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01.06.2015 | Original Article | Ausgabe 6/2015 Open Access

International Journal of Computer Assisted Radiology and Surgery 6/2015

Brain activation in parietal area during manipulation with a surgical robot simulator

International Journal of Computer Assisted Radiology and Surgery > Ausgabe 6/2015
Satoshi Miura, Yo Kobayashi, Kazuya Kawamura, Yasutaka Nakashima, Masakatsu G. Fujie
Wichtige Hinweise

Conflict of interest

   The authors declare that they have no conflict of interest.

Ethical standard

   All procedures performed in studies involving human participants were in accordance with the ethical standards of the institutional and/or national research committee and with the 1964 Helsinki declaration and its later amendments or comparable ethical standards. This experiments were approved by the Waseda University Institutional Review Board (No. 2013-201).

Informed consent

   Informed consent was obtained from all individual participants included in the study.



we present an evaluation method to qualify the embodiment caused by the physical difference between master–slave surgical robots by measuring the activation of the intraparietal sulcus in the user’s brain activity during surgical robot manipulation. We show the change of embodiment based on the change of the optical axis-to-target view angle in the surgical simulator to change the manipulator’s appearance in the monitor in terms of hand–eye coordination. The objective is to explore the change of brain activation according to the change of the optical axis-to-target view angle.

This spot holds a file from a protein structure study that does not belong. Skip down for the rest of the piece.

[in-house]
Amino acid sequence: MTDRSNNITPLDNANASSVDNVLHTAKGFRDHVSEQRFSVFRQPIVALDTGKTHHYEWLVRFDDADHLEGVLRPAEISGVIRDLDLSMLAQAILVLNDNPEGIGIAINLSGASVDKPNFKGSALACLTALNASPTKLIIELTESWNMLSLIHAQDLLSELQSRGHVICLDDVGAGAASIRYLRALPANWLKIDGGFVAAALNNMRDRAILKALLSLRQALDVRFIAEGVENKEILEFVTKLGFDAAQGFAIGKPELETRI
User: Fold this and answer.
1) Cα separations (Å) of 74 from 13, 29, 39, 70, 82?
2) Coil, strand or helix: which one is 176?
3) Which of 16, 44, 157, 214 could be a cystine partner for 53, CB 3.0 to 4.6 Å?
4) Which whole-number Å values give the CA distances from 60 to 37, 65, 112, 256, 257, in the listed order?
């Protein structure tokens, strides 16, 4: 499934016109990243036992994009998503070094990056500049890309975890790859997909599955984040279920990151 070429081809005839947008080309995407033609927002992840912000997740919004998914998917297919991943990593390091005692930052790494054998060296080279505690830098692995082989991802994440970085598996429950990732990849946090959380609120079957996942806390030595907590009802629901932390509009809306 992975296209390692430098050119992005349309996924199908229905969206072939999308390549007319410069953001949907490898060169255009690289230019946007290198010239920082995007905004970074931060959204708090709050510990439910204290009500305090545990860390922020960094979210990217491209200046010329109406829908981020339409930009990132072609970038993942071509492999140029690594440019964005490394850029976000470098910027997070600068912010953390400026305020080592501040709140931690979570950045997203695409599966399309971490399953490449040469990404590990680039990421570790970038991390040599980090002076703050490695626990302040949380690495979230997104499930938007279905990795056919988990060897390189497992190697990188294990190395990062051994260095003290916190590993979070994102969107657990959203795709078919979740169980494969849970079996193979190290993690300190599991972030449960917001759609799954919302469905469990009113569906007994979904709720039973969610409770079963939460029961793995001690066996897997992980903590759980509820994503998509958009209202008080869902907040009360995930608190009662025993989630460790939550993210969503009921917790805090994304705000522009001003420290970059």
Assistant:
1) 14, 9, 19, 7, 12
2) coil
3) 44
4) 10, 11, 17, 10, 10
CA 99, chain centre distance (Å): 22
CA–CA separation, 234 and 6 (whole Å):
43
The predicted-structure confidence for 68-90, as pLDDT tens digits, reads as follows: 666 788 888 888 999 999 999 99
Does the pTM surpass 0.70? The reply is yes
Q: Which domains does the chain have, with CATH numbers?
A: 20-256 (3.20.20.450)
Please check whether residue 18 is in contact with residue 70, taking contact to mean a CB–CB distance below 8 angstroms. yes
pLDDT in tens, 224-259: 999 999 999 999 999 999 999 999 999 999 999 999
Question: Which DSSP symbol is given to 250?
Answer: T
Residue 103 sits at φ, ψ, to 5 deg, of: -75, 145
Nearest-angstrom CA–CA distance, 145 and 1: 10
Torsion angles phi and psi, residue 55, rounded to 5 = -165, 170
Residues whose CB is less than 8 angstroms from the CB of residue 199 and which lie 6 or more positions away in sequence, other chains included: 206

In the experiments, we used a functional near-infrared spectroscopic topography (f-NIRS) brain imaging device to measure the brain activity of the seven subjects while they moved the hand controller to insert a curved needle into a target using the manipulator in a surgical simulator. The experiment was carried out several times with a variety of optical axis-to-target view angles.


Some participants showed a significant peak (P value = 0.037, F-number = 2.841) when the optical axis-to-target view angle was \(75^{\circ }\).


The positional relationship between the manipulators and endoscope at \(75^{\circ }\) would be the closest to the human physical relationship between the hands and eyes.
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